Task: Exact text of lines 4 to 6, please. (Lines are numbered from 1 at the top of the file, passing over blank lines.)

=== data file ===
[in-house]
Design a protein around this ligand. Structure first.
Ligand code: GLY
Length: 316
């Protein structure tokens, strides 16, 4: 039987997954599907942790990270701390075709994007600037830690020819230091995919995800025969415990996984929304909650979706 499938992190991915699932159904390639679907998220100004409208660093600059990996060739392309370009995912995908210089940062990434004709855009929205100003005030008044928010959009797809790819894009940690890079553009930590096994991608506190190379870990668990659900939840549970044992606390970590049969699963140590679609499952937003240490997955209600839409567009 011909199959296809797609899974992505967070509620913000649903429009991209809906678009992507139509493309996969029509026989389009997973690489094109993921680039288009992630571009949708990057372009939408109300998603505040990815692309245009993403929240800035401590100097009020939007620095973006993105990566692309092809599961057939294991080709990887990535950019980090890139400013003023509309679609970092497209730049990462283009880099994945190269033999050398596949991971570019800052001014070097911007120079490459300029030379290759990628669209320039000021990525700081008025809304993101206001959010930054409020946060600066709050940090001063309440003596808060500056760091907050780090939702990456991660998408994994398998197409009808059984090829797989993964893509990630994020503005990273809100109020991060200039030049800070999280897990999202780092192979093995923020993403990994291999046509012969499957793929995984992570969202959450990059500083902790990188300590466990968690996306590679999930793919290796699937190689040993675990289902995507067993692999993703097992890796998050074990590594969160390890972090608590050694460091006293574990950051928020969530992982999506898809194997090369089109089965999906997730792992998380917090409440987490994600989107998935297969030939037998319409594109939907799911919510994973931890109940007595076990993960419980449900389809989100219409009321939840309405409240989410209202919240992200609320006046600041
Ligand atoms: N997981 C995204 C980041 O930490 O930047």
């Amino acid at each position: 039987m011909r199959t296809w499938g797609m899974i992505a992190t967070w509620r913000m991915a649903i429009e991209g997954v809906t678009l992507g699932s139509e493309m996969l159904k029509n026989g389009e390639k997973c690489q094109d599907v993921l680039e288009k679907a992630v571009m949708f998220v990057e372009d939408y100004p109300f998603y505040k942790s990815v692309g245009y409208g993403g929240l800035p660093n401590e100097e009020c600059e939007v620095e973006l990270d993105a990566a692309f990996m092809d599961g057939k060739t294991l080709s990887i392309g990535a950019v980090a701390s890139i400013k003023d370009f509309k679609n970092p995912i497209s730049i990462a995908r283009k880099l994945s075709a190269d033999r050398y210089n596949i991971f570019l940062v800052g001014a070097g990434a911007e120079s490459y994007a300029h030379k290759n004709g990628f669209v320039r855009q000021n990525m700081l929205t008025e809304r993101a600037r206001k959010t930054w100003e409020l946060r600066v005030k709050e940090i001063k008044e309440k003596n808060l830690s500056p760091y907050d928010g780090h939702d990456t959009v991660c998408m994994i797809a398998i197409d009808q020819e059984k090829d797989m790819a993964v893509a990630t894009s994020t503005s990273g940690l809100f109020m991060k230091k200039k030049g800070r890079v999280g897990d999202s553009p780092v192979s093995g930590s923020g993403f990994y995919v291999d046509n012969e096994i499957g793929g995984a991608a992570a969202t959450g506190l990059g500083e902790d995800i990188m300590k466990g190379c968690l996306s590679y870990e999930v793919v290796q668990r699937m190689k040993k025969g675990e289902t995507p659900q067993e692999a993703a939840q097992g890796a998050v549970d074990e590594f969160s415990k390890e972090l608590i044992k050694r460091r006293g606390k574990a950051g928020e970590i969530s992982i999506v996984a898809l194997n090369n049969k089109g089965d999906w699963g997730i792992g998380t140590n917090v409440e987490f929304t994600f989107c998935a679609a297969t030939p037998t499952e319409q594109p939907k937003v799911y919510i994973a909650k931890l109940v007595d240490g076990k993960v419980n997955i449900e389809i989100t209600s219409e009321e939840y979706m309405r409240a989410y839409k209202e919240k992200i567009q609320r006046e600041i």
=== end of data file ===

Length: 316
């Protein structure tokens, strides 16, 4: 039987997954599907942790990270701390075709994007600037830690020819230091995919995800025969415990996984929304909650979706 499938992190991915699932159904390639679907998220100004409208660093600059990996060739392309370009995912995908210089940062990434004709855009929205100003005030008044928010959009797809790819894009940690890079553009930590096994991608506190190379870990668990659900939840549970044992606390970590049969699963140590679609499952937003240490997955209600839409567009 011909199959296809797609899974992505967070509620913000649903429009991209809906678009992507139509493309996969029509026989389009997973690489094109993921680039288009992630571009949708990057372009939408109300998603505040990815692309245009993403929240800035401590100097009020939007620095973006993105990566692309092809599961057939294991080709990887990535950019980090890139400013003023509309679609970092497209730049990462283009880099994945190269033999050398596949991971570019800052001014070097911007120079490459300029030379290759990628669209320039000021990525700081008025809304993101206001959010930054409020946060600066709050940090001063309440003596808060500056760091907050780090939702990456991660998408994994398998197409009808059984090829797989993964893509990630994020503005990273809100109020991060200039030049800070999280897990999202780092192979093995923020993403990994291999046509012969499957793929995984992570969202959450990059500083902790990188300590466990968690996306590679999930793919290796699937190689040993675990289902995507067993692999993703097992890796998050074990590594969160390890972090608590050694460091006293574990950051928020969530992982999506898809194997090369089109089965999906997730792992998380917090409440987490994600989107998935297969030939037998319409594109939907799911919510994973931890109940007595076990993960419980449900389809989100219409009321939840309405409240989410209202919240992200609320006046600041
Ligand atoms: N997981 C995204 C980041 O930490 O930047």